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Advanced SQL

R & Python 101: Additional Charting Libraries

At Periscope Data, the most common feature request we receive from current customers is new chart options. Rather than handle these as a series of one-off feature builds, we decided to give more power to our customers by enabling them to use R and Python to create their own visualizations that could then be displayed in dashboards.

With these advanced languages, Periscope Data customers are no longer limited to a predetermined list of visualization options. Instead, those tables generated in SQL can now be passed into R or Python, where the information can be analyzed deeply and displayed in an unlimited variety of ways. Data analysts are creative problem solvers and with the right tools, they can creatively illustrate their findings in any way that helps them convey their insights effectively.

Using R and Python to supplement charting libraries

Periscope data was designed to give analysts a toolkit of charts that are easy to read and can effectively analyze a specific phenomenon — lines, bars, pies, tables, scatter plots, etc. These charts are widely accessible, but a simple charting toolkit also means a simple range of insights that can be communicated. As insights expand to increasingly complex research, more complex charting tools will be needed to illustrate those findings. Using R and Python to expand to the charting possibilities means an expansion of the types of information that can be studied and conveyed with those visualizations.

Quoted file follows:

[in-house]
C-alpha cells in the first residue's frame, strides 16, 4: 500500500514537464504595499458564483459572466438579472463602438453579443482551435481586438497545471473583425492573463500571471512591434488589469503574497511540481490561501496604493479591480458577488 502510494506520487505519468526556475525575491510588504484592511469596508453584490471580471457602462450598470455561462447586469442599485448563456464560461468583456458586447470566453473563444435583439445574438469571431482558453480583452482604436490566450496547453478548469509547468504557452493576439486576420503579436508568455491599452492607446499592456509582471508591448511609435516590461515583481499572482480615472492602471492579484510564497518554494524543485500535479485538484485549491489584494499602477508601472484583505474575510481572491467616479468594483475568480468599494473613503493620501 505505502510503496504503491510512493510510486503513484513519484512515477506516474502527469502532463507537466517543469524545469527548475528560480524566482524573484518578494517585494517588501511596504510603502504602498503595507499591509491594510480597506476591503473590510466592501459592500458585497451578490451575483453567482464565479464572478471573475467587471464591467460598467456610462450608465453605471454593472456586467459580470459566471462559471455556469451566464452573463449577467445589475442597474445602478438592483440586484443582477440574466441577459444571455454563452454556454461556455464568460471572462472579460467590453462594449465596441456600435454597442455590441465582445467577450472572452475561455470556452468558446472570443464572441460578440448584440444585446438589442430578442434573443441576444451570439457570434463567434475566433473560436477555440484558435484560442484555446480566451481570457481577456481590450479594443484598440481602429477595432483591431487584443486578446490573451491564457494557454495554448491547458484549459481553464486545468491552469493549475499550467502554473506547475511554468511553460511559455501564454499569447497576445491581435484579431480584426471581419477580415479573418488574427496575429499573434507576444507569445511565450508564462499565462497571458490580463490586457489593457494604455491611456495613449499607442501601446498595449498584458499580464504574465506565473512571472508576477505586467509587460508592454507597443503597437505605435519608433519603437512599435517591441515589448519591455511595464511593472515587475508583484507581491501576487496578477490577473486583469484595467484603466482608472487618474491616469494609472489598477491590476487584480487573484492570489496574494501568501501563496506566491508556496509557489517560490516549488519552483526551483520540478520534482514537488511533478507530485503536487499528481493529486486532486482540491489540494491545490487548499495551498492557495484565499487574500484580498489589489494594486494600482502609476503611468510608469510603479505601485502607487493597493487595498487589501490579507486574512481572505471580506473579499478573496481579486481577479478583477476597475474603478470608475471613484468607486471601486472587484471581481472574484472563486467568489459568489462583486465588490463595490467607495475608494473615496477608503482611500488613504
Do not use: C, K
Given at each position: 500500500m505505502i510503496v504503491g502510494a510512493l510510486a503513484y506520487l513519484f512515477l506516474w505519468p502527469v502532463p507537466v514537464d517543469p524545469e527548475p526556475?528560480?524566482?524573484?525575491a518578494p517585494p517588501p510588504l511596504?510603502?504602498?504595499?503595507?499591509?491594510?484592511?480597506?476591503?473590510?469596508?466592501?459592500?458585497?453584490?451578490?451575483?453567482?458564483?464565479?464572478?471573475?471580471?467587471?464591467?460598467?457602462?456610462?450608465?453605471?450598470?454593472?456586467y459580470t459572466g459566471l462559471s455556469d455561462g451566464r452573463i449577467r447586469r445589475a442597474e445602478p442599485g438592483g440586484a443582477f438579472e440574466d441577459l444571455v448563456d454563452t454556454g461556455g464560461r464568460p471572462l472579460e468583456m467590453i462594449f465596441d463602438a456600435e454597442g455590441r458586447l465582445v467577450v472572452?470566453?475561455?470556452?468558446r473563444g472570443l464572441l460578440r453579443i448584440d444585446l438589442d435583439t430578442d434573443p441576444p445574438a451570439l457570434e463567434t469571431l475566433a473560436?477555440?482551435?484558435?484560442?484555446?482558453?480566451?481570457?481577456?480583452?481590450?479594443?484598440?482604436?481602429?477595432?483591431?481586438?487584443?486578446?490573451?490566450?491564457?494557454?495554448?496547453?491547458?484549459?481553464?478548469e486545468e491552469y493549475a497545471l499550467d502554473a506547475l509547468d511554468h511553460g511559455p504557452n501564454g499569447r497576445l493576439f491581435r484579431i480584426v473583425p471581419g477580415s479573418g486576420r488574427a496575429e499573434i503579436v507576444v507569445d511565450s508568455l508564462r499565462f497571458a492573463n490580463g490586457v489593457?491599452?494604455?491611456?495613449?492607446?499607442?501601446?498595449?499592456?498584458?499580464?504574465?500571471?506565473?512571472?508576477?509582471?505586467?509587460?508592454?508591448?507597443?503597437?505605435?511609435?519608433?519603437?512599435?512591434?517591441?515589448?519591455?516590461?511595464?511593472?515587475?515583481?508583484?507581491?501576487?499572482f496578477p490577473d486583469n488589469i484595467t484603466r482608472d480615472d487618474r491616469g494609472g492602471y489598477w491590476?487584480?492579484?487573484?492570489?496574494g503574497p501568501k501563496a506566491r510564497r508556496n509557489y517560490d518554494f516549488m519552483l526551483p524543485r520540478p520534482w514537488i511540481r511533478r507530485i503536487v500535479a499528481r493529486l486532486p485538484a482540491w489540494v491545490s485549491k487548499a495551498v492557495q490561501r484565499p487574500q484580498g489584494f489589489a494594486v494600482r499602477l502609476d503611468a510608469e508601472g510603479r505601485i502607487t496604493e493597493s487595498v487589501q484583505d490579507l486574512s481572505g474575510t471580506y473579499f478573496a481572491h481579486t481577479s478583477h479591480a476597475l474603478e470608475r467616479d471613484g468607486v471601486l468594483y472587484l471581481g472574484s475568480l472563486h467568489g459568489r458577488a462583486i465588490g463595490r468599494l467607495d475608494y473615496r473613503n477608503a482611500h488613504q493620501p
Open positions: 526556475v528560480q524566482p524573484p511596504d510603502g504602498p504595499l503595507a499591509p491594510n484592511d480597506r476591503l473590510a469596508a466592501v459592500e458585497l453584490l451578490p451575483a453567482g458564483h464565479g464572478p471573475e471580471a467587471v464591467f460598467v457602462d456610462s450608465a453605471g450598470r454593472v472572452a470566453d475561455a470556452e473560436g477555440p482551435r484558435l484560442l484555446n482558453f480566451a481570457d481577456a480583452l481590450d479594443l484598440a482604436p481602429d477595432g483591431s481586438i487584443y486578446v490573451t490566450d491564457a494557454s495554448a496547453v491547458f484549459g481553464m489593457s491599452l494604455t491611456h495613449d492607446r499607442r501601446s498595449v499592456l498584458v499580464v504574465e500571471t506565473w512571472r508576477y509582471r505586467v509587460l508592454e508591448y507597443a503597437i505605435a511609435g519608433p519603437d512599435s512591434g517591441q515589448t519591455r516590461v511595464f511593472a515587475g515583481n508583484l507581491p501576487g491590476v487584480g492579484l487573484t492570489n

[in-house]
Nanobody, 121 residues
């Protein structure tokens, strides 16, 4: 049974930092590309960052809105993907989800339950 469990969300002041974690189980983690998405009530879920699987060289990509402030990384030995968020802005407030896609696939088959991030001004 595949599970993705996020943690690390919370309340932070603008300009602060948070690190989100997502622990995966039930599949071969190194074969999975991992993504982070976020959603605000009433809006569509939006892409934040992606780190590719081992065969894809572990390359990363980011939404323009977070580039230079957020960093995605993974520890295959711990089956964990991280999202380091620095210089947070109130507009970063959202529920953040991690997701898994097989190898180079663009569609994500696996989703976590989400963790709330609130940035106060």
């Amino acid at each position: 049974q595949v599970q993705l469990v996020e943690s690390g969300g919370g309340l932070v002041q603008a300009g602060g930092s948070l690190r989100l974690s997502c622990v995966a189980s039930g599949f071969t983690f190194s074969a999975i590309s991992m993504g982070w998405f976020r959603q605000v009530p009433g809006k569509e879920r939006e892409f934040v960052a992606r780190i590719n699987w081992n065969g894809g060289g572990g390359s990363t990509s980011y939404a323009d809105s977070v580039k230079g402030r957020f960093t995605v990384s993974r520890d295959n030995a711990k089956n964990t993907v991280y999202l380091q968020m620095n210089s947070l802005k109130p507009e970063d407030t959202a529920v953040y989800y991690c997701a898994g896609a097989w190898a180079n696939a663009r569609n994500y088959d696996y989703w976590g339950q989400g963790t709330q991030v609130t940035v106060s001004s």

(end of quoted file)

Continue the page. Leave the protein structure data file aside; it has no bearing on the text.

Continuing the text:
Although R and Python were only recently made available to Periscope Data customers, we’ve seen data teams creating a range of new visualizations: box and whisker charts, treemaps, formatted tables, customized number overlays, calendar-like charts, heat maps, log scales, quadrant charts and more. These charts all come with the ease of collaboration and sharing that customers expect from Periscope Data. There really is no limit to what data teams can create with R and Python.

Not only do the advanced languages offer new types of charts, they can also be used to better customize the visualizations that are made. With R and Python, chart creators have much greater control over formatting options like color, font and overlays, so charts can be made in any style that your business needs. These charts are not javascript enabled, but can be powerful in creatively communicating any message.

Supplementing the Periscope Data charting libraries

Using R and Python to create new types of charts in Periscope Data is simple. Just run a standard SQL query, and select the desired language form the dropdown below the SQL editor. From there, you can use 25+ supported charting libraries to customize your visualization. When R and Python evolve and add new libraries, your charting options in Periscope data will grow even more robust. As the visualization options expand, data teams can perform more advanced analyses, find previously hidden insights and add even more value to their companies.

If you’re interested in exploring seeing creative new charting options, visit the data visualization catalogue to get inspiration. To learn more about how your data team can use R and Python to visualize your data in new ways, download our guide.

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Charlotte Campbell
Charlotte is a Solutions Engineer at Periscope Data. She grew up in Chicago and is passionate about writing SQL queries and introducing people to coding and crafts.